As both advisors to and confidants of the board, CLOs may also be called upon (as they are in any environment) to document unethical conduct from wherever it surfaces, including new hybrid work environments. At the same time, the added value that CLOs can offer largely stems from their ability to “issue spot,” or to identify and examine a complicated set of facts and discern related issues that need to be addressed. (For more information, see “The chief legal officer’s role in transition to the workplace,” Deloitte Development LLC, 2020.)

CMO

Unlike some C-suite counterparts who serve as management liaisons for board committees, CMOs haven’t always had clear-cut connections to the board. However, there are indications that this is changing. For example, in a Deloitte study, more than one-third of CMOs viewed the board as a champion of growth strategy.

Brand and marketing are key components of success. As a result, board members may lean more heavily on CMOs to analyze competitors, gather customer insights, and monitor the market ecosystem—breaking down those findings in plain language so board members can anticipate crises and spot opportunities. By helping the board understand key metrics, from customer acquisition cost to marketing ROI, CMOs can help shape how sturdily companies will be able to emerge from the pandemic. In addition, board members could look to them to comment on trends and competitive influences or threats that may affect the company’s current health.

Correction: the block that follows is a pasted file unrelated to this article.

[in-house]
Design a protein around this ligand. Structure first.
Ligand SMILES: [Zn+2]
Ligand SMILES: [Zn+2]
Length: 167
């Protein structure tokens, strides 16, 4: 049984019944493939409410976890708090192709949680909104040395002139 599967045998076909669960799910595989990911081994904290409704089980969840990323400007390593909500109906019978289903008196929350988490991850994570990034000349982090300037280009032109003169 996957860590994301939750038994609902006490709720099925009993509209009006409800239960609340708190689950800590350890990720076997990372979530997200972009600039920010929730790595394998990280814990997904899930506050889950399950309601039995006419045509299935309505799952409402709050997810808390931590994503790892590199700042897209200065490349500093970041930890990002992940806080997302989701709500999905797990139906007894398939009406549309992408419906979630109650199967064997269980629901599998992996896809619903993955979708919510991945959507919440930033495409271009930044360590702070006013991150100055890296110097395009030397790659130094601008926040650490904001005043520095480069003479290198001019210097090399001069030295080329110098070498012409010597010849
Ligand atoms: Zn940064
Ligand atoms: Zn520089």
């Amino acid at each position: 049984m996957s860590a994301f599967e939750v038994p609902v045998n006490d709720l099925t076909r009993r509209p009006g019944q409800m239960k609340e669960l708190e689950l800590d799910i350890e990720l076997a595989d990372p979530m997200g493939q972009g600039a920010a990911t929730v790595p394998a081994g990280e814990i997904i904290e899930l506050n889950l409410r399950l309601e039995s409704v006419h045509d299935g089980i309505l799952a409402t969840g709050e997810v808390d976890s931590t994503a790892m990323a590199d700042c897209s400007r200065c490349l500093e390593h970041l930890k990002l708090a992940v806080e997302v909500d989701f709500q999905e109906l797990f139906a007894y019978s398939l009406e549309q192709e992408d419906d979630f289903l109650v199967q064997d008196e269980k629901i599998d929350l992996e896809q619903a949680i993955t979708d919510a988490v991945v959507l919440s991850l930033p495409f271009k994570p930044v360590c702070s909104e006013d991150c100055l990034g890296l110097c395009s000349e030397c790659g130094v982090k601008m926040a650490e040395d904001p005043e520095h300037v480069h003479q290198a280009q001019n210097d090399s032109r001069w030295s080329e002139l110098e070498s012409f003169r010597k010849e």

Additionally, as the business environment evolves, many organizations are pursuing new ways to enhance connections with customers. The close, holistic connection CMOs have nurtured with consumers is helping to drive better understanding and deeper relationships with customers.

As a result of these and other factors, CMOs—along with their C-suite peers—are demonstrating that they have absorbed a major lesson from the past year: Preparedness is paramount, even in the face of unforeseen circumstances. (For more information, see “Why CMOs should mobilize the board of directors to support growth.”)